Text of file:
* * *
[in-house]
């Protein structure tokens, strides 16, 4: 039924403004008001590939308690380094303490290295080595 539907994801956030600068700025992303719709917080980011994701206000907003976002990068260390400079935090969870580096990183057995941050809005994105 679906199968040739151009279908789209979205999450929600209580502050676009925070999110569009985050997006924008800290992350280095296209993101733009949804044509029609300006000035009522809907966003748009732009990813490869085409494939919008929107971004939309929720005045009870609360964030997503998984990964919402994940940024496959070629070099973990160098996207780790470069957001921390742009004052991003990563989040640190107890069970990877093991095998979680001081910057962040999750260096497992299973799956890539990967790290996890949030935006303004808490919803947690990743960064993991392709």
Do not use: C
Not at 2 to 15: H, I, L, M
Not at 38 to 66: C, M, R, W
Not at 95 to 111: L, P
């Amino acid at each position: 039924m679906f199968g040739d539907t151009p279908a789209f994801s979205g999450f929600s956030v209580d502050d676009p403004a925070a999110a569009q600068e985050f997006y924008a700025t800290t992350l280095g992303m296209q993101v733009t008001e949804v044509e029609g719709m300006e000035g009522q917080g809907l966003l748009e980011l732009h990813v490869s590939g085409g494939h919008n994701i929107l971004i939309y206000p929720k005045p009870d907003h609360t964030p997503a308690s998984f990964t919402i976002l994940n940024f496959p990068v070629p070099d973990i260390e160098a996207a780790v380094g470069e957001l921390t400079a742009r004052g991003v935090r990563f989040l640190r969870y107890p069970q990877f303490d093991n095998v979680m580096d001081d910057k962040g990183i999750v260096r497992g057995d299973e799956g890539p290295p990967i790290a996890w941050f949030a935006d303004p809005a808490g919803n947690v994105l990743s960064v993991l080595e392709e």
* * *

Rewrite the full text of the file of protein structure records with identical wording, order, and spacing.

[in-house]
């Protein structure tokens, strides 16, 4: 039924403004008001590939308690380094303490290295080595 539907994801956030600068700025992303719709917080980011994701206000907003976002990068260390400079935090969870580096990183057995941050809005994105 679906199968040739151009279908789209979205999450929600209580502050676009925070999110569009985050997006924008800290992350280095296209993101733009949804044509029609300006000035009522809907966003748009732009990813490869085409494939919008929107971004939309929720005045009870609360964030997503998984990964919402994940940024496959070629070099973990160098996207780790470069957001921390742009004052991003990563989040640190107890069970990877093991095998979680001081910057962040999750260096497992299973799956890539990967790290996890949030935006303004808490919803947690990743960064993991392709």
Do not use: C
Not at 2 to 15: H, I, L, M
Not at 38 to 66: C, M, R, W
Not at 95 to 111: L, P
């Amino acid at each position: 039924m679906f199968g040739d539907t151009p279908a789209f994801s979205g999450f929600s956030v209580d502050d676009p403004a925070a999110a569009q600068e985050f997006y924008a700025t800290t992350l280095g992303m296209q993101v733009t008001e949804v044509e029609g719709m300006e000035g009522q917080g809907l966003l748009e980011l732009h990813v490869s590939g085409g494939h919008n994701i929107l971004i939309y206000p929720k005045p009870d907003h609360t964030p997503a308690s998984f990964t919402i976002l994940n940024f496959p990068v070629p070099d973990i260390e160098a996207a780790v380094g470069e957001l921390t400079a742009r004052g991003v935090r990563f989040l640190r969870y107890p069970q990877f303490d093991n095998v979680m580096d001081d910057k962040g990183i999750v260096r497992g057995d299973e799956g890539p290295p990967i790290a996890w941050f949030a935006d303004p809005a808490g919803n947690v994105l990743s960064v993991l080595e392709e």